Promoting women’s representation in decision-making bodies has been a priority of international organizations for almost four decades. This blogpost makes the case for the necessity of gender quotas.
Promoting women’s representation in decision-making bodies has been a priority of international organizations for almost four decades. In 1979, the Convention on the Elimination of All Forms of Discrimination against Women (CEDAW) was the first to highlight the need for states to address gender inequality in leadership. The Beijing Platform for Action (1995), and the Millennium Development Goals (2002-present), followed, showing that women’s empowerment and gender equality in leadership are still on the international agenda.
In part responding to this call, a number of countries around the world have sought to “fast-track” women’s representation in political bodies through the implementation of national targets. As a result, gender quotas for political office spread rapidly and are currently in place as legislation in over 50 countries in the world, 14 of which are in Europe—including France, Belgium, and Spain. Most often, the policy has sought to address gender imbalances in legislative bodies, but the policy’s principle has also been used to advance women’s representation in executive bodies, as well as in other male-dominated institutions in the public and private spheres.
With women occupying 32.5% seats in the National Council and 15.2% of seats in the Council of States, Switzerland currently ranks 36th in the world in terms of women’s political representation in parliament. This means that Switzerland stands behind a number of countries that have quotas, such as France, Belgium, and Spain—as well as Rwanda, Bolivia, Nicaragua, Mozambique, and Ethiopia (to name a few).
Popular initiatives to implement a gender quota for political offices in Switzerland have been proposed in two occasions, in 1996 and 2000, but neither advanced. Recently, the gender quota debate was rekindled when Justice Minister Simonetta Sommaruga advocated for a quota to be applied to the Federal Council, which is currently occupied by five men and two women.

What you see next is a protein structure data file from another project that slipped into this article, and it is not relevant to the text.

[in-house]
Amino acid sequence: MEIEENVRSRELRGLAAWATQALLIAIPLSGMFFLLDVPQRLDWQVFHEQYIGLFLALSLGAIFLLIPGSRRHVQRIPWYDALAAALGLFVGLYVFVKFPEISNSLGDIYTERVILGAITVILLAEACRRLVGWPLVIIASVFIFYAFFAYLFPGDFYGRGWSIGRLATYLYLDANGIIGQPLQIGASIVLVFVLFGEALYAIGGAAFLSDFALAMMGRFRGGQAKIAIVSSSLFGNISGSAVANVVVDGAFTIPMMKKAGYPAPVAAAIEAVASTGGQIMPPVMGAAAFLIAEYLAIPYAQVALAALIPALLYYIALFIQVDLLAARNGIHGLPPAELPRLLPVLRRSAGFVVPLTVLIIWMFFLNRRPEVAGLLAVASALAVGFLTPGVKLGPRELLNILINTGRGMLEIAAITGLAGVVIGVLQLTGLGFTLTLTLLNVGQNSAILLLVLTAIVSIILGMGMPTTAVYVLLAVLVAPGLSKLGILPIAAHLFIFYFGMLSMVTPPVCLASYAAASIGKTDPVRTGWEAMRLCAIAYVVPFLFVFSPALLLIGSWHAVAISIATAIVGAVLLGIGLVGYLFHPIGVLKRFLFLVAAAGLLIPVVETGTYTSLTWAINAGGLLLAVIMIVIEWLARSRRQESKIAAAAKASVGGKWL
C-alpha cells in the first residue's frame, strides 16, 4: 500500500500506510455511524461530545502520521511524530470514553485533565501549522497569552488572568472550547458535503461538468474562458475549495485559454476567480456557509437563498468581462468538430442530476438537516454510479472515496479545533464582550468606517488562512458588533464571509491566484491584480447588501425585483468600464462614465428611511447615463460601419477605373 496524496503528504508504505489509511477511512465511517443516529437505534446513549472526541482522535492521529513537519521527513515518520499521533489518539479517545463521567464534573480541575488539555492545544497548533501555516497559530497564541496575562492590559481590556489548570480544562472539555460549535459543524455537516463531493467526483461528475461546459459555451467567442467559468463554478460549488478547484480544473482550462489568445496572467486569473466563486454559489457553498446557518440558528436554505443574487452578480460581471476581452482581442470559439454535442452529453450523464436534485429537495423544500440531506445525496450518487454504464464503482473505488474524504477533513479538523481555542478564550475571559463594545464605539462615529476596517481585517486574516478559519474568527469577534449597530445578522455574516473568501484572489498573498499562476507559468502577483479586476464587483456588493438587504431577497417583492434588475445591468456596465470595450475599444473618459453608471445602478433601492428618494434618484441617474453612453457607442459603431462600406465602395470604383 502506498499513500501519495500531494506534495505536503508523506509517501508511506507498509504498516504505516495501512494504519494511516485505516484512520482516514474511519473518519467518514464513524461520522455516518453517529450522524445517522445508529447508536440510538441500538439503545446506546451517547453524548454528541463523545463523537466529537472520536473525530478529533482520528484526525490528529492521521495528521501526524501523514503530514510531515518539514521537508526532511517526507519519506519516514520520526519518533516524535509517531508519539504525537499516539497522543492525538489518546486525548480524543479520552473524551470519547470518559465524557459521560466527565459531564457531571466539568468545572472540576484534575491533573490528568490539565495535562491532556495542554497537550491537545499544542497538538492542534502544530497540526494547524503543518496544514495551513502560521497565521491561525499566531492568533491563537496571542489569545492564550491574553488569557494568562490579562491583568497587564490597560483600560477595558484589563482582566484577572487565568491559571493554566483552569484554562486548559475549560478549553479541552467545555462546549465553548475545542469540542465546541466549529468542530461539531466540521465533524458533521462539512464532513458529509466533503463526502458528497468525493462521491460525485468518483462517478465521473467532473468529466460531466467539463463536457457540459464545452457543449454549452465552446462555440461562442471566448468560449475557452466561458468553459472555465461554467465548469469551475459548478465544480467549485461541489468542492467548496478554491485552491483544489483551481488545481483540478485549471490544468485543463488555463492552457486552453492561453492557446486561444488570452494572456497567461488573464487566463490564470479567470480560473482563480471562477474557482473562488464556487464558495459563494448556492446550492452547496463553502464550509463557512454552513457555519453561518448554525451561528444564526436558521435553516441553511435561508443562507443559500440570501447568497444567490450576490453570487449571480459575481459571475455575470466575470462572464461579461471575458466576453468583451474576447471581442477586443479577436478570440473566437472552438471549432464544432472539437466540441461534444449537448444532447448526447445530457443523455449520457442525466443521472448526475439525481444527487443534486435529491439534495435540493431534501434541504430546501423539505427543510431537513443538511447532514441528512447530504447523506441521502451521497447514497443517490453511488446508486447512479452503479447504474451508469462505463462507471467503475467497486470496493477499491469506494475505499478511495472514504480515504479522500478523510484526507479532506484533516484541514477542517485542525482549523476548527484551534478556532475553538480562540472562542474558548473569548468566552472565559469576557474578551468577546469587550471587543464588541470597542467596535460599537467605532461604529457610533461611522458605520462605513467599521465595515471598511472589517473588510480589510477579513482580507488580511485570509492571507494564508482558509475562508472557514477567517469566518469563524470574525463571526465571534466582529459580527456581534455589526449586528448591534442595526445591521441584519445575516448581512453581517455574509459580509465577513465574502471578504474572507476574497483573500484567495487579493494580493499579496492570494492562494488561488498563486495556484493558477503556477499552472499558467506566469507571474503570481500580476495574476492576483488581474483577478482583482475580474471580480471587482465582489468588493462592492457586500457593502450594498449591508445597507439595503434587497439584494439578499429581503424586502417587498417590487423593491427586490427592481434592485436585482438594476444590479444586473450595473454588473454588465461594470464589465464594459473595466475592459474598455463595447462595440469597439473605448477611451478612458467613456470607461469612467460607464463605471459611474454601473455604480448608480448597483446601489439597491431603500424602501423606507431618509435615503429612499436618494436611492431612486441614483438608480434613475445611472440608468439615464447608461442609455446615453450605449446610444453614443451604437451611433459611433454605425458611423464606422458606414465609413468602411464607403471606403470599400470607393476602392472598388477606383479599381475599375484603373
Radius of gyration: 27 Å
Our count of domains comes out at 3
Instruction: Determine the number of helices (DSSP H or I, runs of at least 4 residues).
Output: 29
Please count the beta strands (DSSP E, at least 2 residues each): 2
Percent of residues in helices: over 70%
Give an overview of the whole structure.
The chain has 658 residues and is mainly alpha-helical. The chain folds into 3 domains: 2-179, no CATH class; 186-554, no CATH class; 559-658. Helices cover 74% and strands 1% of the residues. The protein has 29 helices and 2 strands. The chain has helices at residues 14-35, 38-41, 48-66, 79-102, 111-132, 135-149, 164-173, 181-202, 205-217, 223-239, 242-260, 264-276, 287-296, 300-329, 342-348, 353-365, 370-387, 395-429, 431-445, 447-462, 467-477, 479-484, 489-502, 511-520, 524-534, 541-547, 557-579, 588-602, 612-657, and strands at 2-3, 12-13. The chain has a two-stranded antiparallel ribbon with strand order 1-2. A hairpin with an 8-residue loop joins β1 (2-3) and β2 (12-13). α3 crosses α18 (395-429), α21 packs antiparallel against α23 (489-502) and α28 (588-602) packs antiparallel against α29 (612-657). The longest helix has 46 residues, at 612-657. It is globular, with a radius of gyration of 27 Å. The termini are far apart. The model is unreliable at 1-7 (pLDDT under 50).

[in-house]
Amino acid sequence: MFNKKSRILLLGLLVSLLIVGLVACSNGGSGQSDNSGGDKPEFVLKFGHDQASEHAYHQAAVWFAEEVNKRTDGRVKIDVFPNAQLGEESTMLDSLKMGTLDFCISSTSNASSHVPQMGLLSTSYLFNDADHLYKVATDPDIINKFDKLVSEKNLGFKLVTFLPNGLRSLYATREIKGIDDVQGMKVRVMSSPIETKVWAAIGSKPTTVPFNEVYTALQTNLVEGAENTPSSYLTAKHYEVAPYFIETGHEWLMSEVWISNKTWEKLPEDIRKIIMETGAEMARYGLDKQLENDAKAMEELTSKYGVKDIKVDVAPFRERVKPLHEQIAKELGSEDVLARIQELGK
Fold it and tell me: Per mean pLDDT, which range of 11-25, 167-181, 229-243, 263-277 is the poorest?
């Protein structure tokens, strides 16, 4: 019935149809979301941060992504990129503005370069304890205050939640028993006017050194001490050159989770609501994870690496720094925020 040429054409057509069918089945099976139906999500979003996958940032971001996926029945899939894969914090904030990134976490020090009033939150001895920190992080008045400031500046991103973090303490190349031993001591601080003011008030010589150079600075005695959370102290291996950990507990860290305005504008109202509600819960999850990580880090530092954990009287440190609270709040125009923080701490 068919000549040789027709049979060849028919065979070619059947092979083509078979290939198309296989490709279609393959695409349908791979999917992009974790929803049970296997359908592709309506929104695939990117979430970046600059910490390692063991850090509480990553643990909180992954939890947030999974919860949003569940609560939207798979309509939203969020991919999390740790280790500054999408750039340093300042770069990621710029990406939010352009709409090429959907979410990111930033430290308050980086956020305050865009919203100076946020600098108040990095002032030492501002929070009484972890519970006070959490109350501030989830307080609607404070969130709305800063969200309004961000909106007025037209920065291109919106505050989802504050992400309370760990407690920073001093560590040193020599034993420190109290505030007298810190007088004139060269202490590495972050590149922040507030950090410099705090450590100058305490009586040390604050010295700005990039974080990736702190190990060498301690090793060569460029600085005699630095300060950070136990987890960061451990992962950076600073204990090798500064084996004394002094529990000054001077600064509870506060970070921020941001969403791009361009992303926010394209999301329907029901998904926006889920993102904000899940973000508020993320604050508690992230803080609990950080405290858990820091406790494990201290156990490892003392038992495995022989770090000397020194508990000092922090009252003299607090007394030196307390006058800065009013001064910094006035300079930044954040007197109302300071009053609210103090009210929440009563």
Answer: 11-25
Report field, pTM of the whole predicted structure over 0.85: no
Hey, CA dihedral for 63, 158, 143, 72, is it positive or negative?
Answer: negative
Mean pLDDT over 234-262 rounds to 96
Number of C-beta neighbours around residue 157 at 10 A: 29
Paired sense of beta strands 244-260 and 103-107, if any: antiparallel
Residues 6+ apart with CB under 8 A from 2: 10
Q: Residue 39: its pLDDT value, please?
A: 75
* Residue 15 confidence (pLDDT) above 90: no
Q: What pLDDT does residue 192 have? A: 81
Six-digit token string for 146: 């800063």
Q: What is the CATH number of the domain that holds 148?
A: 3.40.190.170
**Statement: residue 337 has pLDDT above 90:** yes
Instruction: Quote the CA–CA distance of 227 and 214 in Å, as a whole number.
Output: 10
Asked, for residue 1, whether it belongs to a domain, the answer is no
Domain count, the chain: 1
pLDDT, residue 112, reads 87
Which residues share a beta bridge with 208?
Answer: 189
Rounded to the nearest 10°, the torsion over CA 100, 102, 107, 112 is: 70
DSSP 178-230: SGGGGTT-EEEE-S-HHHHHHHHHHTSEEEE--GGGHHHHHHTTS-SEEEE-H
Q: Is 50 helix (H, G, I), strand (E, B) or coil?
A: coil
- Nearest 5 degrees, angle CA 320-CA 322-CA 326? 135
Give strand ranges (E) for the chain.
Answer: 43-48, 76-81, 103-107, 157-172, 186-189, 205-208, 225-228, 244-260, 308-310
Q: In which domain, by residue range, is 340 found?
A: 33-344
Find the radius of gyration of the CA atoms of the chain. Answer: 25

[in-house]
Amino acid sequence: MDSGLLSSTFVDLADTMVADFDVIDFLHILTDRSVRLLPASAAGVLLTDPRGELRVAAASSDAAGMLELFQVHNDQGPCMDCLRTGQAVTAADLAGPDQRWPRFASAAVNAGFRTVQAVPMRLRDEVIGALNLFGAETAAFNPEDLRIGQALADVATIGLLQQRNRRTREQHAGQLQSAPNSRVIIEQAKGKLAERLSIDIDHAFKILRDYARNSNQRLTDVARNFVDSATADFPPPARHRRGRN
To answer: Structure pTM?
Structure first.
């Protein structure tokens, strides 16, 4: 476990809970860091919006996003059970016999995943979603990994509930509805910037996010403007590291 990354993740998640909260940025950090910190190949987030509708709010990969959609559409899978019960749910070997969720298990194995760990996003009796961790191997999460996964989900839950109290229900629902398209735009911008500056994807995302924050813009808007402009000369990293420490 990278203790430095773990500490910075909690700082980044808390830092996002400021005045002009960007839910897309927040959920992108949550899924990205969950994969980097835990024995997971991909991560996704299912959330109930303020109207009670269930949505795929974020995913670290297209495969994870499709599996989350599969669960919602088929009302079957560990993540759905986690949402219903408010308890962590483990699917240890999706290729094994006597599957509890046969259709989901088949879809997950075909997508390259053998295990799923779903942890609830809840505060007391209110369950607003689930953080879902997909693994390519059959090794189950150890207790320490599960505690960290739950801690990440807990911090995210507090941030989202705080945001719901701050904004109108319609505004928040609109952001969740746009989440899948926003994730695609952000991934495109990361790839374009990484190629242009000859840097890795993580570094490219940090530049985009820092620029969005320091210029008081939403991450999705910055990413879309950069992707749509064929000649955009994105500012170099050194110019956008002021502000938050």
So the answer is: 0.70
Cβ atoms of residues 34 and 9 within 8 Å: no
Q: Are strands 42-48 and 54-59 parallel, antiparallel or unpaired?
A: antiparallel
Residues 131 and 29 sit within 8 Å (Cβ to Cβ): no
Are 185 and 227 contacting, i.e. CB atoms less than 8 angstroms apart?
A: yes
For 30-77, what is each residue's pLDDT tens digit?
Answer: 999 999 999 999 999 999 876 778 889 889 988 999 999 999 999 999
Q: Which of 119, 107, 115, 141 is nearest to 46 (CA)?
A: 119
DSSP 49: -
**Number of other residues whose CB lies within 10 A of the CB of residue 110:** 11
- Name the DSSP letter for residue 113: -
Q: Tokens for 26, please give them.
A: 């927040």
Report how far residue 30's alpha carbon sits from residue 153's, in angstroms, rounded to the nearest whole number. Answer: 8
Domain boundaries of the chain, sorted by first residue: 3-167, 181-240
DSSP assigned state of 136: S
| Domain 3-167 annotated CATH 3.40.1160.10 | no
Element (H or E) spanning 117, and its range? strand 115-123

Critics have generally sought to discredit quotas as a solution to gender inequality in leadership by arguing that the policy goes against democratic and meritocratic principles, and that it does not yield the expected positive gains for women. The academic literature provides evidence to the contrary.
As a number of studies has shown, women’s underrepresentation in politics stems not from voter bias, but from parties’ unwillingness to recruit outside of their traditional pools. In fact, candidate selection in many contexts is often described as an opaque process, led by a select few. In this sense, Switzerland is no exception. By forcing parties to diversify their nominations, quotas therefore open-up the candidate selection process—thus rendering it more democratic.
Contrary to popular expectations, quotas have also been shown to improve the quality of representatives, with highly qualified women replacing weaker men. This reinforces the notion that women’s underrepresentation does not derive from their incapacity to hold office, but from institutional barriers, and that quotas have the potential of enhancing (and not hindering) democratic outcomes.
Finally, when well-designed, gender quotas have not only been associated with an increase in the presence of women in elected office, but also to other positive changes in women’s representation, as understood more broadly. This includes: breaking negative gendered stereotypes, shifting budgetary spending, and even promoting women’s lasting political presence after the policy is withdrawn. Quotas, however, have often fallen flat in increasing women’s substantive representation, or in securing women’s full incorporation in political bodies.